Located on the Seward Peninsula. Population: City: 3653; Seward Peninsula: 8288. Travel time: By air only, 1-1/4 hour from Anchorage, 6 hours from Juneau, 6-1/2 hrs from Seattle. Commuter flights available to surrounding Norton Sound villages, Kotzebue and even Russia's far east. Visitor Information: Nome Convention and Visitors Bureau, 301 Front Street, PO Box 240, Nome, AK 99762; Phone: (907) 443-6555; Email: visit@mynome alaska; Website: wwww.visitnomealaska.com
When asked to describe the Alaska they want to visit, many people envision exciting outdoor activities, the Iditarod dog sled race, genuine Native culture, bountiful wildlife, beautiful scenery, gold rush history, comfortable accommodations, great restaurants, friendly tour guides, unique flightseeing, quality Northern art gift shops and jet service three times daily. That's Nome!
Three roads lead out of Nome. They each end 70 - 80 miles later and offer an exciting trip through the spectacular scenery of the Seward Peninsula and ample opportunity to view wildlife. Beaver dams are visible, musk-ox graze on the hillsides, domestic reindeer roam the Peninsula, and brown bears are numerous in the mountains where their food sources of squirrels, berries and fish are plentiful.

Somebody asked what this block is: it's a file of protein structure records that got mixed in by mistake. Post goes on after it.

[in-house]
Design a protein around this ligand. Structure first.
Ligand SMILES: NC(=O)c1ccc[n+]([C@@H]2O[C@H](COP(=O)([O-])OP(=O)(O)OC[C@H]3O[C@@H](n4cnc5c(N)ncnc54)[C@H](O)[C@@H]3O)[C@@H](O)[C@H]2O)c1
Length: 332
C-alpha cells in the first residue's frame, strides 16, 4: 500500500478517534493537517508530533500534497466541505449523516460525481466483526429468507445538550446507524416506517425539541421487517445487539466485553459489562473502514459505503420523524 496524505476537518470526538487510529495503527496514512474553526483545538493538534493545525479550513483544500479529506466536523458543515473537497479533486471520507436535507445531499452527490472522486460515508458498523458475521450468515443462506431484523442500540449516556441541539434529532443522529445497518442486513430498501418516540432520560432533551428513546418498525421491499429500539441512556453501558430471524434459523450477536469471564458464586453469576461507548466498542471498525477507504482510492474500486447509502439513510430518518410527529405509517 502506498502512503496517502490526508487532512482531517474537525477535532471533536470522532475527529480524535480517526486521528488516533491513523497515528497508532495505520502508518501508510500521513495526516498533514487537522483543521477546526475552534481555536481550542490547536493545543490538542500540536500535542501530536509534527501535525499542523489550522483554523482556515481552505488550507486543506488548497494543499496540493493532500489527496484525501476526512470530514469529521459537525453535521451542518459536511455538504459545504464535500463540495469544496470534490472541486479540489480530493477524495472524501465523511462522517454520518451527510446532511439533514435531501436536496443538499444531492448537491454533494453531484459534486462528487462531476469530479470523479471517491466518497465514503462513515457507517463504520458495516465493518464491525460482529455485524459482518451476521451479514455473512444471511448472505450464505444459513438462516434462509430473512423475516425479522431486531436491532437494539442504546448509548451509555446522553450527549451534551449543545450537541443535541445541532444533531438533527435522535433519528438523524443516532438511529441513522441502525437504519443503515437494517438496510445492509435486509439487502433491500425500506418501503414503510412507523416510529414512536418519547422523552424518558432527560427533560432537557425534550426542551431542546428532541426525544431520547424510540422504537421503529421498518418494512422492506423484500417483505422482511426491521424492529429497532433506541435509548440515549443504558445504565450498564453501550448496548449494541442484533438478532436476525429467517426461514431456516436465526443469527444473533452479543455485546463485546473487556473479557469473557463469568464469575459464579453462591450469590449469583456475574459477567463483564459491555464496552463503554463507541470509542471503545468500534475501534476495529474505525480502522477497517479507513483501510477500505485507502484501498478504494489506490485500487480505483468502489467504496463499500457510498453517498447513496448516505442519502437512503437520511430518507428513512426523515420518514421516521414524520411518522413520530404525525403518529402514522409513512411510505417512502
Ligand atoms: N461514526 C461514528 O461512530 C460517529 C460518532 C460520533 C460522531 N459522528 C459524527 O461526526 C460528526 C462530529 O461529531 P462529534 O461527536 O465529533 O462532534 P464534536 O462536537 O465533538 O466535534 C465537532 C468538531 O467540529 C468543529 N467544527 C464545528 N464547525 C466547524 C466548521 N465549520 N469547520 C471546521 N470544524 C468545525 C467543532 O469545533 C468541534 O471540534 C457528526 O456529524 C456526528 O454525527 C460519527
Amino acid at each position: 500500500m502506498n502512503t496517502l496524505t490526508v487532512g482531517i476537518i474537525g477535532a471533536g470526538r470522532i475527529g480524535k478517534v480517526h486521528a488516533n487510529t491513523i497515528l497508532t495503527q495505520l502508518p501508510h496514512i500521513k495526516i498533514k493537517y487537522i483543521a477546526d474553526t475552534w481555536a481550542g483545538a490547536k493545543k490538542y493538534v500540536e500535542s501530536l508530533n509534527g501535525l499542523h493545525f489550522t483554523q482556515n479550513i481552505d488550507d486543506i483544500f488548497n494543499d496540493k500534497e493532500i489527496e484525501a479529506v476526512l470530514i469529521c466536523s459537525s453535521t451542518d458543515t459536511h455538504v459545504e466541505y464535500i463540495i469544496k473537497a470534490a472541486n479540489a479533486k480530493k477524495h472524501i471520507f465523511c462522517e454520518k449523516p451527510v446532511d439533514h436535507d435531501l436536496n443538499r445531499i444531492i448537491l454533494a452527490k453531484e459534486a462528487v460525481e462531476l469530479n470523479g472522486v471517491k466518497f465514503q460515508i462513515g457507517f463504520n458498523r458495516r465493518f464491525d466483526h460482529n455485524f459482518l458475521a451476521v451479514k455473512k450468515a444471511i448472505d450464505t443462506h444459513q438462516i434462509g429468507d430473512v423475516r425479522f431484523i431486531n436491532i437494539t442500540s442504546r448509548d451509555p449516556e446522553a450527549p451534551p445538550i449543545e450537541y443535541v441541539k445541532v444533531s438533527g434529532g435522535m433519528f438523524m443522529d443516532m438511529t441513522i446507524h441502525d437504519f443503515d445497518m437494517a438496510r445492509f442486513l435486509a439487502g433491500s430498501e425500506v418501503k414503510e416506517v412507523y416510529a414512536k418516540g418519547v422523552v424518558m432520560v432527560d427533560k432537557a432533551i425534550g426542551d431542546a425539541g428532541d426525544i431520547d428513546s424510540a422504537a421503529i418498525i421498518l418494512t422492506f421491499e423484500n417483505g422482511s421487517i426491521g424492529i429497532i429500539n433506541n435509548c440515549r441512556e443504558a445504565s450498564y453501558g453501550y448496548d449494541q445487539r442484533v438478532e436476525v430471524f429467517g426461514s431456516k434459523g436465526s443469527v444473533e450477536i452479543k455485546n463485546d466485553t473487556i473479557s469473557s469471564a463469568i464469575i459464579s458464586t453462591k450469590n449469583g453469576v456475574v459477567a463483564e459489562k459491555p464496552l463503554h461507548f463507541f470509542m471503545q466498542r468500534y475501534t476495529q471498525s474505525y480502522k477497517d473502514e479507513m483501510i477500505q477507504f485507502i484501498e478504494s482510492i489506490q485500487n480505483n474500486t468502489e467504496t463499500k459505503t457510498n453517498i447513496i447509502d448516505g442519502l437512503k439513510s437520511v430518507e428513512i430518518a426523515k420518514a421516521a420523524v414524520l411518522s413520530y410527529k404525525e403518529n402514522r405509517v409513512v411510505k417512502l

Every spring, serious birdwatchers arrive in Nome to witness the return of over a hundred and fifty migratory species in brilliant breeding plumage to their nesting grounds. Nome is a sport and commercial fishing town; pike and trophy grayling are what fishermen seek most often. Several fishing guides operate out of Nome and can supply a trip tailored to each client's wish. Salmon flyfishing is superb in the rivers.
History buffs can spend days on the road system, hiking into the hills, floating the rivers and photographing the remnants of 100 years of gold exploration. Nome's gold rush history is truly legend and gold still plays a large part here. Numerous small mining companies operate in the hills and every summer people relive history by camping on the beach to search for gold in the ruby sands of Nome.
For two weeks, Nome hosts the "Mardi Gras of the North" during the world famous Iditarod Race, which finishes on Front Street every year in March. Nome is also the halfway point for the world's longest, toughest snowmachine race, the Iron Dog.